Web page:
New York is a city notoriously short on space, but also one whose residents are big on innovation. In the Big Apple, the latest trend is rooftop farming. Individuals and restaurants are beginning to grow some of their own food in the only space available to them – their roofs. While the practice is currently an environmental rather than a financial trend, some companies hope it can become a money-making business model, providing a cheaper alternative to store-bought produce, especially in low-income neighborhoods where fresh vegetables are expensive and scarce. Paige Kollock reports.

Rooftop Gardening is a Growing Trend in New York City

| Green Roofs | 14 Comments
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  • Hippy Dippy

    I am surprised at the hate generated by this video. People utilizing space for productive purposes aren't exactly villains in my book. For those who insist a building be completely sustainable, or don't bother, that is a mind set that is ignorant beyond my ability to comprehend. There is no food shortage, we have a logistics problem, and a wasteful attitude. The same people who are so violently opposed to growing food on roofs doubtless get angry when someone uses their yard for food rather than grass. Ignorance is what creates our scarcities, it would truly be an abundant world if we weren't such an ignorant species.

  • Alexander Dowding

    So we pave over all of the arable land formally able to be used to grow food with concrete and steel and now we don't have enough land to grow food. Wow the human race is short sighted. Thankfully there are people out there like in this video who are trying to come up with solutions. Just look at all that unused roof top space in the closing section of the video. New York, as with other cities around the world, is just waiting for them to be put to good use.

  • cblazer

    They should make a law that says every new building over 10 stories is required to have a green house like structure on the roof. It could provide food, mini park like places for the elderly and kids, insulation and since heat rises it provides the heat during the winter, maybe find a way to use human waste like old food etc that is usually thrown away.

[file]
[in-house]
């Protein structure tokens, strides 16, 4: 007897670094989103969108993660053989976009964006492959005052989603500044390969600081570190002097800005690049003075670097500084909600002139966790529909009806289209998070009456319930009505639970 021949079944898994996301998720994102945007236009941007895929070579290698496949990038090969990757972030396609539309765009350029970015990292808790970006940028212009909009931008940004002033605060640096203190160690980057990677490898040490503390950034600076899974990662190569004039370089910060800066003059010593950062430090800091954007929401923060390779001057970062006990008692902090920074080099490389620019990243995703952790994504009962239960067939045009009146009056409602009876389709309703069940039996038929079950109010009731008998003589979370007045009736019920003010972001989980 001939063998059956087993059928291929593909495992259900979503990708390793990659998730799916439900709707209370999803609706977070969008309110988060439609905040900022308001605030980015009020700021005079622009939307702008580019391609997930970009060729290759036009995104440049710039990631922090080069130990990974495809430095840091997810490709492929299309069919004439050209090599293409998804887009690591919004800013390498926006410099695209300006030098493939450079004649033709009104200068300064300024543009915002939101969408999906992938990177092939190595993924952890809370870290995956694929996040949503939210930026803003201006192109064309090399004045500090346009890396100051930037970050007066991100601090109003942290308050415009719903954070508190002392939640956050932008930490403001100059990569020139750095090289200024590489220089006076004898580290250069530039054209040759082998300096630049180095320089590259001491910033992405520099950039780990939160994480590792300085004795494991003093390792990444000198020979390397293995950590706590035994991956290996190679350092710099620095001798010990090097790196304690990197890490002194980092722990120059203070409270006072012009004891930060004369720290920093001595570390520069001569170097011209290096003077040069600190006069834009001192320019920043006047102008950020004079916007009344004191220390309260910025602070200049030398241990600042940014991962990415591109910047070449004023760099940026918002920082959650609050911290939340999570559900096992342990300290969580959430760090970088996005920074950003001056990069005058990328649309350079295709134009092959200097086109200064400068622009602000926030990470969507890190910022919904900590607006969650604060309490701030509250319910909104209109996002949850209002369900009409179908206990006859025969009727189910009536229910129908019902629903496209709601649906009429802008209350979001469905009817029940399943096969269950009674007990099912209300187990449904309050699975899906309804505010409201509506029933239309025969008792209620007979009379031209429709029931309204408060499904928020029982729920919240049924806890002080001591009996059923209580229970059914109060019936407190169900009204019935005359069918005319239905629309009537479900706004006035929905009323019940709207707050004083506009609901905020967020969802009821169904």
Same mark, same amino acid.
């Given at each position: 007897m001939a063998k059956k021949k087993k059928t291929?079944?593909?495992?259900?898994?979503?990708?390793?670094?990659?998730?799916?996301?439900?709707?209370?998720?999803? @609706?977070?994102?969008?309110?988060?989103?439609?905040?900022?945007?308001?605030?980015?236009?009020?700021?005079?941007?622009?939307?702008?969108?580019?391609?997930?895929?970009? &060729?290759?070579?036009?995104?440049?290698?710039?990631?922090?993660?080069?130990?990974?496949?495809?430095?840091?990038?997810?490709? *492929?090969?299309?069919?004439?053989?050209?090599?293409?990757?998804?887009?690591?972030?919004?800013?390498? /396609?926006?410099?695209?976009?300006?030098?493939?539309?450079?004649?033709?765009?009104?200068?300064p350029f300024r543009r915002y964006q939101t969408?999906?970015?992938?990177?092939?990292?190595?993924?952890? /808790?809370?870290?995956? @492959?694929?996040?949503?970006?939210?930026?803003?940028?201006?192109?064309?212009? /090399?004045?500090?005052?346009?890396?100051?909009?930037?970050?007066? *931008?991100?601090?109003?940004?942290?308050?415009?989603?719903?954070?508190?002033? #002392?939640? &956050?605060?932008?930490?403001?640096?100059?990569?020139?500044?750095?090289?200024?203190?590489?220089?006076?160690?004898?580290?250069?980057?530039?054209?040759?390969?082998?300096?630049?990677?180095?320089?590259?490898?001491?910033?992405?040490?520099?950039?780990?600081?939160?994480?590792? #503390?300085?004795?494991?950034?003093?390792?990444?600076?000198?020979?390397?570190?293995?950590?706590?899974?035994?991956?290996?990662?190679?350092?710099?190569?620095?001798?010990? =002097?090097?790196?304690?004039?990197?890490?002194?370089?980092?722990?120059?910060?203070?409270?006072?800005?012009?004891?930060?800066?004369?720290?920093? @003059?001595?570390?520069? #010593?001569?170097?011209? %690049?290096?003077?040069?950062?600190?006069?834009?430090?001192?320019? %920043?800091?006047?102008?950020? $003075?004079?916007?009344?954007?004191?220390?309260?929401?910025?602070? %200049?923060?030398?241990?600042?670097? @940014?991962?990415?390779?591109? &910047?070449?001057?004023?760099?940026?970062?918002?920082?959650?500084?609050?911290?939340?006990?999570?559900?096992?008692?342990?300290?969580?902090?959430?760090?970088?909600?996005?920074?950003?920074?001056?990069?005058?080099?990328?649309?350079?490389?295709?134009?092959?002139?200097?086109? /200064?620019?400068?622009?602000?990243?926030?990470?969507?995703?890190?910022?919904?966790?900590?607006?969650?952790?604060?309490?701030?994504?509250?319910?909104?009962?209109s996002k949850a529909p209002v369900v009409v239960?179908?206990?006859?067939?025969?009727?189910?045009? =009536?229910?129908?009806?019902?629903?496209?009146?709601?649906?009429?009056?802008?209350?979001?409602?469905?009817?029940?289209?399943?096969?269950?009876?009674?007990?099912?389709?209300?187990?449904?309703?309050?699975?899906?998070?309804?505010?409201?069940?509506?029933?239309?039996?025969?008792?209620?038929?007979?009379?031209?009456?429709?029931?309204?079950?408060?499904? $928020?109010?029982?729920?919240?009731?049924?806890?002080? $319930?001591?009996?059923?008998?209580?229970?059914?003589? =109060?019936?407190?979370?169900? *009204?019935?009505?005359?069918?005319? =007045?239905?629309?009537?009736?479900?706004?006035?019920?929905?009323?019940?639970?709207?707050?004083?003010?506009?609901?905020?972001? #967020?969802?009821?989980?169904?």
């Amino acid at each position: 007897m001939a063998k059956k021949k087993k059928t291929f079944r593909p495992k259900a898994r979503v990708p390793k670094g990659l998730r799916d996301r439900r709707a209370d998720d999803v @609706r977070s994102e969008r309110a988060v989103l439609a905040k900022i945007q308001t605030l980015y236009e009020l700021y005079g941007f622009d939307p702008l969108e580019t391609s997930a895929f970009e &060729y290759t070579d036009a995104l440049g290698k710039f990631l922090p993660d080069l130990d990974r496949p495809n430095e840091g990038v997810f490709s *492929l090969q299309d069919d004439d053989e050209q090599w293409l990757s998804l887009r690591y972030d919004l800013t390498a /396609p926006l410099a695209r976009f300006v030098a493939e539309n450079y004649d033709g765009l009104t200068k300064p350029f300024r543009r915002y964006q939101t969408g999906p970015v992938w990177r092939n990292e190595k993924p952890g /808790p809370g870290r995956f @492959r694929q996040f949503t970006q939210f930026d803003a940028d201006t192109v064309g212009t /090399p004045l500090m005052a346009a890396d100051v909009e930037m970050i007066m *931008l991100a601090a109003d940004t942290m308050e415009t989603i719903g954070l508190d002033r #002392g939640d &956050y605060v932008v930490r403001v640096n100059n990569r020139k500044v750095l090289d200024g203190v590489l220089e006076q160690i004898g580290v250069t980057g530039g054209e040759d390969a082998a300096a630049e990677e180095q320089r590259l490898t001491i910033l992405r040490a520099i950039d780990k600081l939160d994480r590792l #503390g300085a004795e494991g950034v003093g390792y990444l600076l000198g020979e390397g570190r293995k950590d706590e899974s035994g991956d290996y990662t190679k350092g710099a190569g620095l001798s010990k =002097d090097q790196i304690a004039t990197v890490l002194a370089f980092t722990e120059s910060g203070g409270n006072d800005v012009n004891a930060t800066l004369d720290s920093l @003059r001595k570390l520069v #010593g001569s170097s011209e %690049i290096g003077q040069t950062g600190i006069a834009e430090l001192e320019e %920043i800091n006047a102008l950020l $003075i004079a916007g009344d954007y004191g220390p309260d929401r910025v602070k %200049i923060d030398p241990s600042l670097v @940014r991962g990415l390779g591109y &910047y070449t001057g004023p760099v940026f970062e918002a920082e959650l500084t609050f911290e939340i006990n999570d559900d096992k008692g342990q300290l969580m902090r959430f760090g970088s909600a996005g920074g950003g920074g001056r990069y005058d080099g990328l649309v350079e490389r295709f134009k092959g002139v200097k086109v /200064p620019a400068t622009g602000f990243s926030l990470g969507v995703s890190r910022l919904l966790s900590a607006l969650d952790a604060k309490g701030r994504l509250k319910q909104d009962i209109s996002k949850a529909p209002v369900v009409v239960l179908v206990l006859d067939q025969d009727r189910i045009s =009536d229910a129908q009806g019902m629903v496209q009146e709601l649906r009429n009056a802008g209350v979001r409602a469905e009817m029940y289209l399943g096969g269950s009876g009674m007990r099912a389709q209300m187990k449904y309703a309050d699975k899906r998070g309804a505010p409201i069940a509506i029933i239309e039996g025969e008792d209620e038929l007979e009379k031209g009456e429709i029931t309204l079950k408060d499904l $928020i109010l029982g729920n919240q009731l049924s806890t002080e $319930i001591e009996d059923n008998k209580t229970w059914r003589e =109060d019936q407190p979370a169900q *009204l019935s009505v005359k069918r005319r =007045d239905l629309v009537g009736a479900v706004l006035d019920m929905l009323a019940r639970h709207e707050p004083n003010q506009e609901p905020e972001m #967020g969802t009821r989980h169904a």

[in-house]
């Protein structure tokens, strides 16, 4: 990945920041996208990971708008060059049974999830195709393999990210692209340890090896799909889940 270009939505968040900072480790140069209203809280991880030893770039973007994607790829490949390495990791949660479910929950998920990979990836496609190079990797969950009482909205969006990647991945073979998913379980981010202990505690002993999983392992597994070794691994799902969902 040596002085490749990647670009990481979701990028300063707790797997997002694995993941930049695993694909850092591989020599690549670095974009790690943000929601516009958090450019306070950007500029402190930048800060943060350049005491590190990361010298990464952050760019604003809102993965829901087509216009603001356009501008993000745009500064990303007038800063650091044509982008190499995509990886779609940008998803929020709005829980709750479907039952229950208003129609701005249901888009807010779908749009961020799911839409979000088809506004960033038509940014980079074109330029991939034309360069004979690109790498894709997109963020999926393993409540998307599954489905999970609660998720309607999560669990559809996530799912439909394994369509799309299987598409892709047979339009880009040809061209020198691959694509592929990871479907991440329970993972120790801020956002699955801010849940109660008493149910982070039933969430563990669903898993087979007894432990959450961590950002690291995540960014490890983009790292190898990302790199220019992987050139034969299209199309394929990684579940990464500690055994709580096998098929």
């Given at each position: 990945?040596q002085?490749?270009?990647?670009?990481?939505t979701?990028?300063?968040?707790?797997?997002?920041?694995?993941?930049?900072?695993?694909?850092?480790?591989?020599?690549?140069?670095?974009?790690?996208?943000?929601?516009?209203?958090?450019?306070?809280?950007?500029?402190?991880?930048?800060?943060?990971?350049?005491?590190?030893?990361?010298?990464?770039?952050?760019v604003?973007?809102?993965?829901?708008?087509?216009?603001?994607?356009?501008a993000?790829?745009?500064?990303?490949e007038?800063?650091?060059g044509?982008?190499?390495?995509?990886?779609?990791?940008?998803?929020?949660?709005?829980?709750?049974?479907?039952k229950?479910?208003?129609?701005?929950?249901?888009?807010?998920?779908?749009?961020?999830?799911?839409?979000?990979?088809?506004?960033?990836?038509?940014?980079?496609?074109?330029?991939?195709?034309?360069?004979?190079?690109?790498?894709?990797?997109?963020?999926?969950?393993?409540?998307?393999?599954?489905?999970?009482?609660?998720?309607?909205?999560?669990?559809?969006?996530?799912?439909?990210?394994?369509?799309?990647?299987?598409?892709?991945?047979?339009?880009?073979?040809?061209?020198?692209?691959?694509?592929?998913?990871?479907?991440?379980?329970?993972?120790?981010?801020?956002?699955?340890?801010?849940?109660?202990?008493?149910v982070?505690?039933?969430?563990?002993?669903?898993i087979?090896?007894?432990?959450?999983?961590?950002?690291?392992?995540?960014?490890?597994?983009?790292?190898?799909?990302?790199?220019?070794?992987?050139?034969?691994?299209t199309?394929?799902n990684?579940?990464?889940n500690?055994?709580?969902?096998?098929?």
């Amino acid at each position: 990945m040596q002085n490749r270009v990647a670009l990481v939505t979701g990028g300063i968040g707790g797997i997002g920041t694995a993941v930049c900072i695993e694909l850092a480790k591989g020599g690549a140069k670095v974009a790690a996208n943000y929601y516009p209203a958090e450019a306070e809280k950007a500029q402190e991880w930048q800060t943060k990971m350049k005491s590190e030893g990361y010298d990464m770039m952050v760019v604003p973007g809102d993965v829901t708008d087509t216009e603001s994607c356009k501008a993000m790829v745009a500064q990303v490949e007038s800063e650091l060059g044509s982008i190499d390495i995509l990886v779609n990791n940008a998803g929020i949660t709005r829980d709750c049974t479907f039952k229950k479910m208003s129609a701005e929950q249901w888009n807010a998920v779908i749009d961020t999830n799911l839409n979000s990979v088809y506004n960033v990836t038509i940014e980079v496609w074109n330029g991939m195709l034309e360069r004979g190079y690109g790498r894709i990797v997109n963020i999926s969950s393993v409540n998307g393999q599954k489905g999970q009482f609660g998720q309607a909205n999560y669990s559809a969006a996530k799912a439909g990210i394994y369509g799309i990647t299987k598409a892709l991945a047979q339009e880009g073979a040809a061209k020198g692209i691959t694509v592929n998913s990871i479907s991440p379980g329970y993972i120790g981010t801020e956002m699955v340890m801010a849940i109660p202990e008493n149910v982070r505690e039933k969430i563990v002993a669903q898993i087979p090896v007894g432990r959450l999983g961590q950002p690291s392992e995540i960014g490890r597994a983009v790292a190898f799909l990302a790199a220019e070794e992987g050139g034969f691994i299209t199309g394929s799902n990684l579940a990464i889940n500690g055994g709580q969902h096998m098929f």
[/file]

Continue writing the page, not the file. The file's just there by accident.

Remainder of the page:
Hell even the air inside the building could be pumped threw the top story green house, exchanging co2 for oxygen and filtering the air.

  • Tanvir Kabir

    Sounds good for a single family but how do you provide for a 100 family or more in that limited space of a single skyscraper.

  • stuart mcnab

    Remember always, money is an abstract concept. While we should be fiscally responsible, we should not drive all of our decisions by monetary fears alone. For a people who waste obscene amounts of money on war, gambling, tobacco, narcotics, and vaporize billions on stock markets, we need to look at longer term ways of valuing things. I believe individual responsibility for food production, no matter how small is commendable and worthy of investigation.

  • hablerz

    @NoMansLandNYC Rooftop gardens are a great idea , building skyscrapers specifically to house plants and gardens is not viable for the foreseeable future and is not feasable. Every project has economic factors.

  • NoMansLandNYC

    The more food we grow, the more population expands. The more population expands the more food we need….and so on and so on. This planet (along with the rest of the universe and beyond) was never ours to make what we want with it. The whole damn thing is a giant beast and we are no less a part of it than the birds, the worm or the leaf. We stopped evolving because we want more food than we need. Forests turn to farm land, we expand and again need more farm land. Grow on your roofs people…

  • Omega231984

    I wonder why we don't try experimenting with different ambient light to try and replicate the required sun sources so that we can harvest crops inside entire skyscrapers as the need for farmlands increases, the population will eventually prevent any production growth with over crowding. Instead of looking to flatlands, we needs to look to the sky, think about the revenue for each sky garden. Each 100 story building could harvest enough food for 100,000 people per city in controlled environment

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